Want to speed things up even more? Their $149 Gold Plan helps you speed up your site by pushing other files (Fonts, CSS, JavaScript, etc) to CloudFront via their Assets Pull Addon. It's a bit more expensive, and requires a yearly renewal. But let's be clear – you're getting a ton of value for that fee. It wouldn't shock me if the enhancements delivered by this plugin allow you to lower your monthly hosting fees.

Option Three: Prevent Direct Access

Now the third option, Prevent Direct Access (Gold) starts in a different place. It exists to “prevent direct access” to your files. See what they did there? But there's an extension – for an additional fee – that integrates their core solution with AWS S3 that is worth looking into. It's their AWS S3 integration plugin for $89.99/year.

The price of this solution sits higher than the rest – at $15/month for the Gold (premium) plugin, and then another $90 for the S3 extension. All in, that's $270/ year. At those prices you may wonder why I even put it on the list. And the point is, if you're more into content protection than just S3 for speed, this may be the plugin you've been looking for.

Membership site owners often ask about content (and particularly file) protection. Prevent Direct Access was designed for that world. It's worth checking out if protected downloads is a big part of your site.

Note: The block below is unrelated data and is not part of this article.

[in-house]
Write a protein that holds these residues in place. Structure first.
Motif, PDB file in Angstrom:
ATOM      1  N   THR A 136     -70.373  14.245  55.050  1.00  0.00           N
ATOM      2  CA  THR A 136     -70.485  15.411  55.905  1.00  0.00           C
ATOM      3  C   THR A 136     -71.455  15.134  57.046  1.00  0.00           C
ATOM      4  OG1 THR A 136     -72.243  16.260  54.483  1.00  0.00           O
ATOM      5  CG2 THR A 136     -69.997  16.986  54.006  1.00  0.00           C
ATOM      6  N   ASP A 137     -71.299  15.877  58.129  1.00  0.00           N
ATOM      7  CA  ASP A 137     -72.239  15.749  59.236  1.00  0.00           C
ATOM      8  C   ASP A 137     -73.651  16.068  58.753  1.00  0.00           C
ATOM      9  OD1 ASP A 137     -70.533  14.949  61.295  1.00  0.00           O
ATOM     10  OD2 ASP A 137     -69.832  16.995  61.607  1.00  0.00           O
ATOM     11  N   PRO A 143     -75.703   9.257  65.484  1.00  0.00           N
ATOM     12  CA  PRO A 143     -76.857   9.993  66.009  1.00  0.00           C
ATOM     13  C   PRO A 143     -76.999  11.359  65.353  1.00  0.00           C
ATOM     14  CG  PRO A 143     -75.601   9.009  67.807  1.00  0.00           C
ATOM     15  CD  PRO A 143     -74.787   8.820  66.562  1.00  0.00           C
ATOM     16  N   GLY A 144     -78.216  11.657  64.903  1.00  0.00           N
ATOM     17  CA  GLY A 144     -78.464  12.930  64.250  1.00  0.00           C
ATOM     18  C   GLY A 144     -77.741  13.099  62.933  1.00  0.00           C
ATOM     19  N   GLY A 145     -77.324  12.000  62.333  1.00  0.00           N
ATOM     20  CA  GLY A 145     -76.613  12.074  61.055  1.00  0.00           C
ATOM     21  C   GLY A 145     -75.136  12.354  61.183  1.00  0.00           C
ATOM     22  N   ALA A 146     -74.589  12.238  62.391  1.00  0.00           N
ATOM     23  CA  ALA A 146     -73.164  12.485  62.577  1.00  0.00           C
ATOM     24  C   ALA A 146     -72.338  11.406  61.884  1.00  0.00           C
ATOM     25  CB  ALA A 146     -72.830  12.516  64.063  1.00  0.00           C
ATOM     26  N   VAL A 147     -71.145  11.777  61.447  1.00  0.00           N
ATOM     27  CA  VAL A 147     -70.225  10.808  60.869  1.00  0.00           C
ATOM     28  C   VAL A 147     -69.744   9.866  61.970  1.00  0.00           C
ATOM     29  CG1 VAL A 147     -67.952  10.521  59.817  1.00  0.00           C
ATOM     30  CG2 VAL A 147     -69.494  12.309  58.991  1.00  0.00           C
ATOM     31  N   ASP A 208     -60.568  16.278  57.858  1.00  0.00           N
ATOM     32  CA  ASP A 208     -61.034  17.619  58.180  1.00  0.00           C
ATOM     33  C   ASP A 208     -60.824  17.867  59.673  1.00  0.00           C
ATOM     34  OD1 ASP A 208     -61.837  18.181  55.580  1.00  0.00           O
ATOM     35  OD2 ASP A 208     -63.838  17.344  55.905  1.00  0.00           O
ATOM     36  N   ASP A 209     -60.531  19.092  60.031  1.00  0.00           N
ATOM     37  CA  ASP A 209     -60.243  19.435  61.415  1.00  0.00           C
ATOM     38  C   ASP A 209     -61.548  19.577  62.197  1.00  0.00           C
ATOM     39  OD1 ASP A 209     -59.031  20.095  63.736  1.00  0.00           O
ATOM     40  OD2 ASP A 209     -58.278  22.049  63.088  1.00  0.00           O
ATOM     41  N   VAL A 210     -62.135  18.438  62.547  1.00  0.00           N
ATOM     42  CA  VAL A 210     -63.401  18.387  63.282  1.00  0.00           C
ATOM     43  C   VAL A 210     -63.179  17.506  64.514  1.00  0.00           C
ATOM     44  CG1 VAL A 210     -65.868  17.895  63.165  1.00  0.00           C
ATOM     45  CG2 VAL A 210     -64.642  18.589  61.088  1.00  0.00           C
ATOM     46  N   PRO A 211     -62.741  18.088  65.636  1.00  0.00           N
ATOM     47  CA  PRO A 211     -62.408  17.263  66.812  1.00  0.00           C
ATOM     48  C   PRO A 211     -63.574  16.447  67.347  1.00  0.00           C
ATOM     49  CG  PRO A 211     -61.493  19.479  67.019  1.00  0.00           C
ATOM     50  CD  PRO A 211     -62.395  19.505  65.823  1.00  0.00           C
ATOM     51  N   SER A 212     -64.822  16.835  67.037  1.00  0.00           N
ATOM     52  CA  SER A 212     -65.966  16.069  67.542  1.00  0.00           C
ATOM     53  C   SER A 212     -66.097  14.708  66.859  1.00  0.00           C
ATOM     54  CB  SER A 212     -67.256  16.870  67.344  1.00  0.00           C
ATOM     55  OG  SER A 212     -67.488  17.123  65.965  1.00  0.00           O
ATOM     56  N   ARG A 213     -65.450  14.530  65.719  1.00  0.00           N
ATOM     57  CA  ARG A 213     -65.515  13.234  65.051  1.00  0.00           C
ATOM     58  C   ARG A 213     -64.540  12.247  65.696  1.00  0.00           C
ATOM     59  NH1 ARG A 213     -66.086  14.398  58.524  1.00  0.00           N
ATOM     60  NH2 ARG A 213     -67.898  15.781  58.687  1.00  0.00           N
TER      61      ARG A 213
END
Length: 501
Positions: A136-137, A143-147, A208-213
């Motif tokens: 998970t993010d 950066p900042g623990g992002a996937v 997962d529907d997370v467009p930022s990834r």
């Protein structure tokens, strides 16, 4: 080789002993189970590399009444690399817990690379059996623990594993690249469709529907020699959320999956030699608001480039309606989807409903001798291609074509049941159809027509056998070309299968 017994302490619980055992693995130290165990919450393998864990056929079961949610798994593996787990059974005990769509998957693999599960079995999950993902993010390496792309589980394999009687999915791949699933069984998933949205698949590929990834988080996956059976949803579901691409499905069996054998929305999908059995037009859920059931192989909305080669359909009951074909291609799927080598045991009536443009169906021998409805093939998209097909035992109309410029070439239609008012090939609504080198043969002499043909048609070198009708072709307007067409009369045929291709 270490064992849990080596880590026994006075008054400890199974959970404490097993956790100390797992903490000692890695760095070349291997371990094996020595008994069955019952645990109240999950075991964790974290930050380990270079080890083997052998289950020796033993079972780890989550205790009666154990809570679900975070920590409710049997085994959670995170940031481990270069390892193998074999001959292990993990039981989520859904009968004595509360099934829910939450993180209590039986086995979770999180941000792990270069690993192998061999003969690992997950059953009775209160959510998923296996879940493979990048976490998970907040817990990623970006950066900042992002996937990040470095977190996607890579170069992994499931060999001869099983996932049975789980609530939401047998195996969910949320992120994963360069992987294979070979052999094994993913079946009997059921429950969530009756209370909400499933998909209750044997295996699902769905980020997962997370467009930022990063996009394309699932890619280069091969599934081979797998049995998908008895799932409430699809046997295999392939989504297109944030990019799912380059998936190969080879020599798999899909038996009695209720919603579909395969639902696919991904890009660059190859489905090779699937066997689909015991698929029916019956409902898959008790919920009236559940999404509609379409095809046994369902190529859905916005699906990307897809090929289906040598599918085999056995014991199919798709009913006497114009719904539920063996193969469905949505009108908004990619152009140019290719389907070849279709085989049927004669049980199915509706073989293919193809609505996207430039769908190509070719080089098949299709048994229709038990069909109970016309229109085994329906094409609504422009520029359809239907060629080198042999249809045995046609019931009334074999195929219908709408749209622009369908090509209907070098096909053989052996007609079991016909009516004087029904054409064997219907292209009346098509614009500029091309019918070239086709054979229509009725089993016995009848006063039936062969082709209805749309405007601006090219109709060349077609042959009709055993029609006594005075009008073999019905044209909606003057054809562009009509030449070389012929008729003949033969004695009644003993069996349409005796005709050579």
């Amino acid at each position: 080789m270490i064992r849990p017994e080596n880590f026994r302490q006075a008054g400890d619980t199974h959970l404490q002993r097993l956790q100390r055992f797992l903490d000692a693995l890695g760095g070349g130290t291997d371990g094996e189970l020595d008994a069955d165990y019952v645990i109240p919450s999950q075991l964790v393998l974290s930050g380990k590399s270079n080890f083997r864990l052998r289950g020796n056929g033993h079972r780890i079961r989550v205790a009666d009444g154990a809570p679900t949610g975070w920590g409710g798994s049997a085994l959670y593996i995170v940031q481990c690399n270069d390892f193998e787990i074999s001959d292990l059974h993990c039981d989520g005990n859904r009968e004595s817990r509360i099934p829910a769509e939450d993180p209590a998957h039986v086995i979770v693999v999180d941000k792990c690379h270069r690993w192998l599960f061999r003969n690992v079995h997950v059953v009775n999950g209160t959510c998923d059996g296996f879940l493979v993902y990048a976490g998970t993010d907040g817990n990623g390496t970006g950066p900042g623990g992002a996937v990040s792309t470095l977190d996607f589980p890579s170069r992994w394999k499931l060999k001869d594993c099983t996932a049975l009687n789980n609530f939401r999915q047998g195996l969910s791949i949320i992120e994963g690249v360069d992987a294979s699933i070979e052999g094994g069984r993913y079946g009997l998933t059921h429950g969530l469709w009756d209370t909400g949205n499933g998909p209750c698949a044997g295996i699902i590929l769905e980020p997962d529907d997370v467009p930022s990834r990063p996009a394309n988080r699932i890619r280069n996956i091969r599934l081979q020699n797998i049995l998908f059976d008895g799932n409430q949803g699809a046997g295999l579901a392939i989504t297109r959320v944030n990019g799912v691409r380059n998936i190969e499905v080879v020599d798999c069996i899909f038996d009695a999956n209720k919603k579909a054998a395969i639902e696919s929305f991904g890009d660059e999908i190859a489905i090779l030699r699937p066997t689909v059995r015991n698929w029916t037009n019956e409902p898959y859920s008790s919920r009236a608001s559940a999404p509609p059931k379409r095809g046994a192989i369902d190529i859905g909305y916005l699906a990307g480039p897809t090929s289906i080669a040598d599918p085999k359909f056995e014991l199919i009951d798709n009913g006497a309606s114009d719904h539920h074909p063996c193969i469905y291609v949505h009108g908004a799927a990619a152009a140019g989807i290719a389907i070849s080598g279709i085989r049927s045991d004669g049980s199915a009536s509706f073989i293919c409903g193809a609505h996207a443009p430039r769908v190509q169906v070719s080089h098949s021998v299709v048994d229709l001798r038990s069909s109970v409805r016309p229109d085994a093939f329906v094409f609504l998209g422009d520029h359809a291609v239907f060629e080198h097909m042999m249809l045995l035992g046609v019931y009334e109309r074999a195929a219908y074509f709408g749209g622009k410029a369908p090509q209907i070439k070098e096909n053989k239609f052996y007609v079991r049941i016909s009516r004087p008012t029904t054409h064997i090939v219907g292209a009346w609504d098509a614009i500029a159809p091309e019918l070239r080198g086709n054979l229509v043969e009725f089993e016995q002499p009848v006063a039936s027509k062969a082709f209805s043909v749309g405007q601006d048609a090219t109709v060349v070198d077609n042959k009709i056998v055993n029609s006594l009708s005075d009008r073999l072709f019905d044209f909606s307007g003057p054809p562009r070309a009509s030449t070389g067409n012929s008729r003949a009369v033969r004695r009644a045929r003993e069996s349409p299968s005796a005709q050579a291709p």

Conclusion

By now you know me, I'm not going to tell you that there is one perfect solution. The best solution to connect WordPress with Amazon S3 is based on you, your site, and your budget. But the good news is that every one of these solutions is easy to use and won't take you hours to integrate into your site.

About Chris Lema

Chris Lema has been working with WordPress since 2005. Over the years he's been a blogger, a speaker at WordCamps, a coach for WordPress product companies, and the founder of the conference for WordPress business owners, called CaboPress. Today he's the VP of Products at Liquid Web, where he manages the world's first managed platform for WooCommerce stores.

Chris Lema

Chris Lema has been working with WordPress since 2005. Over the years he's been a blogger, a speaker at WordCamps, a coach for WordPress product companies, and the founder of the conference for WordPress business owners, called CaboPress. Today he's the VP of Products at Liquid Web, where he manages the world's first managed platform for WooCommerce stores.